A person or organisation (the principal) may appoint an agent to act on their behalf, provided the agent is established within the UK for customs purposes.
Types of representation
There are 2 types of representation. They are:
direct representation, where the representative acts in the principal’s name — using code 2 in box 14 of the customs declaration
indirect representation, where the representative acts in their own name but on behalf of the principal — using code 3 in box 14 of the customs declaration
The representative will be acting in their own name (and on their own behalf) if they are either:
do not state the type of representation on the customs declaration
are not empowered to act as a representative
You should keep written confirmation of the type of representation agreed between the agent and the principal.
If an agent acts as a direct representative of the principal, the principal is solely liable for the customs debt.
But if the principal gives clear instructions and the agent makes a deliberate or unreasonable error, the agent may become jointly and severally liable.
If the agent wants to delegate tasks to a sub-agent, the agreement between the agent and the principal must make an allowance for this. If it does not, the sub-agent will not be empowered to directly represent the principal and will be considered as acting on their own behalf, and fully liable for any customs debt that occurs.
If you’re established in the UK and import goods into Great Britain (England, Scotland and Wales), you can ask someone to act directly, even if they’re making a declaration using:
- simplified declarations procedures
- entry in the declarant’s records
You should agree with the person dealing with customs for you if you need to have a duty deferment account to make payments, or if they’ll use their own.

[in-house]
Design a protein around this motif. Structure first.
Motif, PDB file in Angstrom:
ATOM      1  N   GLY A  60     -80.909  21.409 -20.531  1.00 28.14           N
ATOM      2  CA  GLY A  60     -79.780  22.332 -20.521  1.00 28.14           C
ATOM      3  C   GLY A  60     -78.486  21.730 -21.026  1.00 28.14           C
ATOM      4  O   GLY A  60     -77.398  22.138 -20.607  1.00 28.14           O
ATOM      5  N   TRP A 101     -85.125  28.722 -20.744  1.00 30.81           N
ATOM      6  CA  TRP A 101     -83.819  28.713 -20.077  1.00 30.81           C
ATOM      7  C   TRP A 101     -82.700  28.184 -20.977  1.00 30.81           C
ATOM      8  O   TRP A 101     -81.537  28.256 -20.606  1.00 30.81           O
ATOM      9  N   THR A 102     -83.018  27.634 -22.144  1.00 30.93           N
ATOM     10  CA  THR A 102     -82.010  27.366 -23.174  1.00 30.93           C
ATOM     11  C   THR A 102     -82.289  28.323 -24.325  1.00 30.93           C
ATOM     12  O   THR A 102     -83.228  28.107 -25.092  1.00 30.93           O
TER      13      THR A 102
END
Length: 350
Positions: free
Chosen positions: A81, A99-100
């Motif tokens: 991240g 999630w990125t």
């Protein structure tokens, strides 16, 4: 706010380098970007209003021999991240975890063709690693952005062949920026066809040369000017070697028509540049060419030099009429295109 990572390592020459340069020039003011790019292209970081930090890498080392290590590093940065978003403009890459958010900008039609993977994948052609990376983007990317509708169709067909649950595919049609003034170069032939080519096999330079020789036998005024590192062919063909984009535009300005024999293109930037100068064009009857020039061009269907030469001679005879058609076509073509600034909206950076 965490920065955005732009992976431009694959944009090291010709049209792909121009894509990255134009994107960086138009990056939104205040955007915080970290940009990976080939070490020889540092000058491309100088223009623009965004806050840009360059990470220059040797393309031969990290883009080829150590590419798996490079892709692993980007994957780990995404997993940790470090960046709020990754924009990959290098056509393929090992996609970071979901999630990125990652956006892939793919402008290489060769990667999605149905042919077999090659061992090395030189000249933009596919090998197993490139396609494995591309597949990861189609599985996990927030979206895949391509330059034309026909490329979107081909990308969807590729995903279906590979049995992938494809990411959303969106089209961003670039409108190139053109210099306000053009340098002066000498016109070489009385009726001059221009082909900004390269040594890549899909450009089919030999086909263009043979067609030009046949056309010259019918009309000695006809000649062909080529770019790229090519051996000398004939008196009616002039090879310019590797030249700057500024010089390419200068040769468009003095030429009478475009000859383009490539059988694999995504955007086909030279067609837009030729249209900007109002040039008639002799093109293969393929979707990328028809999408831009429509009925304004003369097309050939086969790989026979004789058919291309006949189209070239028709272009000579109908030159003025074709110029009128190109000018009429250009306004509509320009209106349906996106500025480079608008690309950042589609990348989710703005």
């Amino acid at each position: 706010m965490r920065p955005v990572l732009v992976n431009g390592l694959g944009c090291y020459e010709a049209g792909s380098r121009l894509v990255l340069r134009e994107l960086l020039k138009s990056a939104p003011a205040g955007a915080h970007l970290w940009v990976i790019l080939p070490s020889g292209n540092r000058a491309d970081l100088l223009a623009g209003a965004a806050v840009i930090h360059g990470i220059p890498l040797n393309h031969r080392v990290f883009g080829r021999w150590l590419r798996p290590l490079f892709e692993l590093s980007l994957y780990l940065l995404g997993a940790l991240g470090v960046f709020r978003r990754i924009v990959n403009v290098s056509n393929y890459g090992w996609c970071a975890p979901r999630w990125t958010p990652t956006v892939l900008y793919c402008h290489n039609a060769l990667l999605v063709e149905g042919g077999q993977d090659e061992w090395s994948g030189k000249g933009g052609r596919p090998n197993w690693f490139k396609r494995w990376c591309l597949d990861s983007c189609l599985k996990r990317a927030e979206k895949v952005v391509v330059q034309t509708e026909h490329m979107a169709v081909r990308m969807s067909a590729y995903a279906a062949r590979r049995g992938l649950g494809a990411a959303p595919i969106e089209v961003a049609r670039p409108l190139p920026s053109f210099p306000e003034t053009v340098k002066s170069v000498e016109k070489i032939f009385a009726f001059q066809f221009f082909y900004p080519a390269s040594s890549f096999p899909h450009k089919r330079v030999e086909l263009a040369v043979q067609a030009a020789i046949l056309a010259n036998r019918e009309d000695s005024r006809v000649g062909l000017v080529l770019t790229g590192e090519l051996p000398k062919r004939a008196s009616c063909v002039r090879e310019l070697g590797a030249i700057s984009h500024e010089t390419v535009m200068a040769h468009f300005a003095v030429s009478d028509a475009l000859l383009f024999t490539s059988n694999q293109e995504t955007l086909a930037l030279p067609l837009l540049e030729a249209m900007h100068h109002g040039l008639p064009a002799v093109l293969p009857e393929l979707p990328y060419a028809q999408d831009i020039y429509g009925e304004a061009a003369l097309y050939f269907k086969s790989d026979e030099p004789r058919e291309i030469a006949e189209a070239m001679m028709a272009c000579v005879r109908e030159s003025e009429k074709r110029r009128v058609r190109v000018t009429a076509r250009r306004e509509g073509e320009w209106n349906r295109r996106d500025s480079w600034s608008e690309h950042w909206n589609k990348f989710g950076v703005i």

If an agent makes a customs declaration as an indirect representative of the principal, the agent and principal will be jointly liable for any customs debt. HMRC may seek payment from either the agent or the principal.
If the agent is the holder of the authorisation for a customs procedure (such as inward processing or a customs warehouse) that the goods have been placed under, they’ll be responsible for any debt owed as a result of:
- that procedure not being discharged correctly
- any action taken by them that caused goods to be unlawfully removed from customs control
Agents acting as indirect representatives can ask sub-agents to represent them in a direct capacity. The sub-agent only becomes liable for the debt if they make a deliberate or unreasonable error that would make them jointly and severally liable.
Last updated 10 January 2023 + show all updates
Information about when a sub-agent becomes liable to a debt has been updated in the 'Indirect representation' section of the guide.
Guidance about customs debt notifications has been updated.
Information about the 3-year notification period, making a voluntary disclosure and direct representation have been updated. A new section about how to submit a voluntary disclosure claim has been added.
Information about changes to how HMRC deal with interest charged on late payments of duty has been added.
Updated the details about interest on customs debt - the information about the minimum charge has been removed.
If you’re established in the UK and import goods into Great Britain (England, Scotland and Wales) you can ask someone to act directly using their own authorisation, to make declarations using either simplified declaration procedure or entry in the declarant’s records.
Information has been added to explain when to use either form C2001, or C2001CDS.